Author(s): GroLesch S, Dempfle A, Reichert S, Jans T, Geissler J,
Abstract Share this page
Abstract OBJECTIVE: Comorbidity in adult ADHD (aADHD) has been investigated in a large number of studies using varying research approaches with divergent results. In contrast, there is limited information about sex- or subtype-related differences from studies with small sample size. METHOD: A large sample of 910 individuals (458 males, 452 females) affected with aADHD was recruited at a tertiary referral center. All probands underwent a four-step procedure for diagnosing aADHD, including the Structured Clinical Interview of Diagnostic and Statistical Manual of Mental Disorders (4th ed.; DSM-IV) Axis I disorders to assess comorbidity. This study will provide additional information regarding the co-morbidity of Axis I disorders in the currently largest clinical referral sample. However, the main objective of this study is to gain information about sex- or subtype-related differences. RESULTS: Affected females show higher rates of mood (61\% vs. 49\%), anxiety (32\% vs. 22\%), and eating disorders (16\% vs. 1\%) than affected males, while substance use disorders were more frequent in affected males (45\% vs. 29\%), which mirrors sex differences in prevalence in the general population. There were hardly any relevant differences in comorbidities between subtypes, with the exception of the inattentive subtype having an especially low prevalence of panic disorder. Comorbidity in general and substance use disorders in particular, but not sex or subtype, were highly predictive of lower psychosocial status. CONCLUSION: Sex-related differences in the comorbidity of aADHD are more pronounced than subtype-related differences. © The Author(s) 2013.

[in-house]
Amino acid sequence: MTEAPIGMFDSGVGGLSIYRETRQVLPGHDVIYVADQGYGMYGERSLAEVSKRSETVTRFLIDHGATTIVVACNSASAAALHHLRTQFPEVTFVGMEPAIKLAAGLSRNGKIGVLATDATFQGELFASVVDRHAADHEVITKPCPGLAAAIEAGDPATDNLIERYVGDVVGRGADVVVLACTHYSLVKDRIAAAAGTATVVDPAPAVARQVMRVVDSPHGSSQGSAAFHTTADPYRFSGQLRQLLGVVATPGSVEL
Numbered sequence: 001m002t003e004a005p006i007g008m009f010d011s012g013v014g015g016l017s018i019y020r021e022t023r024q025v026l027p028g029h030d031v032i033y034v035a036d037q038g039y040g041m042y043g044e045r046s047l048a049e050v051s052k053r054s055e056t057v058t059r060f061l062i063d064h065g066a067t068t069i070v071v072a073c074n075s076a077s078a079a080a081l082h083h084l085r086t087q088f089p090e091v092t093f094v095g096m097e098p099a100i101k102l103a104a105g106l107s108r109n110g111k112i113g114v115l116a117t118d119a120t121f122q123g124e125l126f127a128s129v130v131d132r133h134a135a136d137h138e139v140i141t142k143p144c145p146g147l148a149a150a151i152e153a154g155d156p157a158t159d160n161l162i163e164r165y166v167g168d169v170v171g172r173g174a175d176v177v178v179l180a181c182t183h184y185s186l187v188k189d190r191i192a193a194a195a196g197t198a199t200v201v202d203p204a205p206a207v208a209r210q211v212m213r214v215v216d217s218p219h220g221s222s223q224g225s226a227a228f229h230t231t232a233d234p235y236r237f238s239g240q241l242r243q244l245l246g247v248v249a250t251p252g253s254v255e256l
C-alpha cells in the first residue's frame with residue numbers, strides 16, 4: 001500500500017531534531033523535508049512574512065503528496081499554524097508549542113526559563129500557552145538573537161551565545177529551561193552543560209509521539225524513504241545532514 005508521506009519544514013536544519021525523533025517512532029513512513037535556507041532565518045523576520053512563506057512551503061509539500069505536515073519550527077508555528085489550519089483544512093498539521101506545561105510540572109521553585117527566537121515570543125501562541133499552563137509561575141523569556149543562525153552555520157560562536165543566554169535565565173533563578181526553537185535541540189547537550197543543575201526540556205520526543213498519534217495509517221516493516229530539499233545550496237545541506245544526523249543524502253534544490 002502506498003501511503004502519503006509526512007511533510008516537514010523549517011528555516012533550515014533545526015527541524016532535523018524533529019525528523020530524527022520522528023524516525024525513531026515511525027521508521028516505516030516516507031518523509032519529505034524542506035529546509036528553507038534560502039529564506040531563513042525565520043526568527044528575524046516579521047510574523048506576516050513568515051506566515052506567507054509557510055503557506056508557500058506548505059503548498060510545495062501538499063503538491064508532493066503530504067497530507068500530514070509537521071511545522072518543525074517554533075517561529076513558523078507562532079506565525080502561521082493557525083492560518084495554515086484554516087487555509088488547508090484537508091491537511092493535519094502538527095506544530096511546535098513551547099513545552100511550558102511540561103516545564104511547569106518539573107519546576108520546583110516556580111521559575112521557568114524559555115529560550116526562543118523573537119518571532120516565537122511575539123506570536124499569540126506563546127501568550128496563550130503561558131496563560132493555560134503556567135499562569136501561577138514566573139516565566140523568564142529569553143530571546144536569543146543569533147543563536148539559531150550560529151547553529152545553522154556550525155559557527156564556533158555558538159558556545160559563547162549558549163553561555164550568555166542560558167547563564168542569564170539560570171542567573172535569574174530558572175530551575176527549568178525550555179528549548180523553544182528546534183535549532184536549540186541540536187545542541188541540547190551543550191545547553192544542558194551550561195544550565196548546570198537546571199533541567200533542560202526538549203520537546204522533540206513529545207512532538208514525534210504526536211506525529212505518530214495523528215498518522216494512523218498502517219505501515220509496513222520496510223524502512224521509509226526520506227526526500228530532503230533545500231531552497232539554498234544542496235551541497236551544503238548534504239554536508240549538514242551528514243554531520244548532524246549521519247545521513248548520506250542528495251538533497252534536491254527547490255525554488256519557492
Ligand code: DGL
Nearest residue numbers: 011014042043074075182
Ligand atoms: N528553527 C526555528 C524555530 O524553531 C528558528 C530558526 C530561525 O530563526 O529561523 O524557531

This article was published in J Atten Disord
and referenced in Pharmacoeconomics: Open Access